So having just learned how to do has_many :through as opposed to HABTM,
and then, being concerned that I wouldn’t get it to work, I started
thinking about these two approaches.
It seems to me that the only problem that the HM:T (has_many :through)
approach solves that HABTM doesn’t is the issue of the potential
collision of id columns between your join table and one of your joined
[ Actually, now that I read the dance-off blog
again, perhaps the other problem is HM:T is better at handling
polymorphic has_many associations? ]
Still, in a simple case, it seems like you could have a HABTM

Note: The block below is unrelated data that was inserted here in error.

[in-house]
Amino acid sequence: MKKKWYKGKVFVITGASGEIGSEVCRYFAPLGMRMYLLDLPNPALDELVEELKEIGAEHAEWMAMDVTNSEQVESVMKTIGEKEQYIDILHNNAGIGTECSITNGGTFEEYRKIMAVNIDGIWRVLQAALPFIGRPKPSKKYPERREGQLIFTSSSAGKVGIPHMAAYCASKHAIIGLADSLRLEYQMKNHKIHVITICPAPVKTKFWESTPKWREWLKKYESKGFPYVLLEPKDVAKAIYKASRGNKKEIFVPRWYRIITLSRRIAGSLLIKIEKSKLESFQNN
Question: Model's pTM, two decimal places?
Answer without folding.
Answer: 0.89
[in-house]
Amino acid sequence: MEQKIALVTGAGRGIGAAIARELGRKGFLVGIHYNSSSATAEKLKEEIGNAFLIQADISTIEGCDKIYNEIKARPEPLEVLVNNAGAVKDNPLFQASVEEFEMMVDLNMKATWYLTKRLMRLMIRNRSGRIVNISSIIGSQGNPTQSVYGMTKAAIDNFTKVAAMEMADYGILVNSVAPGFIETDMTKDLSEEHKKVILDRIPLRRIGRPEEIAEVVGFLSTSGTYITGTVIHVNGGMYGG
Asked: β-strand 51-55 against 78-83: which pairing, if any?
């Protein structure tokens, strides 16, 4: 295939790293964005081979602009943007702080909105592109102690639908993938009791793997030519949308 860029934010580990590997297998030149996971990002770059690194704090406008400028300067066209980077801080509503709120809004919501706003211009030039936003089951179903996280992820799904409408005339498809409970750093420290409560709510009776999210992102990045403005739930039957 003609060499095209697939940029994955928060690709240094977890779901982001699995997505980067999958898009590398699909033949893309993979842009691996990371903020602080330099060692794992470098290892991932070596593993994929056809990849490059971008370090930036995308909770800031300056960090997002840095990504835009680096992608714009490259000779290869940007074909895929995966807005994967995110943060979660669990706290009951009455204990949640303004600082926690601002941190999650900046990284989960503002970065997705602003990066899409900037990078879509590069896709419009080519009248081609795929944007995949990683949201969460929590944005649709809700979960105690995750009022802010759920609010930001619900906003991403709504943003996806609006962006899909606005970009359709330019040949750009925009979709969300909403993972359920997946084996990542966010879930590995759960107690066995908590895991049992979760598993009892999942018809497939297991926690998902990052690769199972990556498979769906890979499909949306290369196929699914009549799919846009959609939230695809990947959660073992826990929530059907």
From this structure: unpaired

relationship between two tables that would co-exist with a separate
model on the join table.
So, you’d have A HABTM B and B HABTM A, both specifying a join_table of
C, and then you would also go ahead and create an explicit model for C
so that you could manipulate that table separately.
And since you have to explicitly create the join object anyway in order
to set all of the attributes on it (see:
http://blog.hasmanythrough.com/articles/read/150), wouldn’t that
basically be the same as having a HABTM and then overriding the
appropriate “save” methods in either A or B (or both) to take care of
“fixing” C to be consistent with the A (or B) objects?
Just trying to justify the effort in using this approach.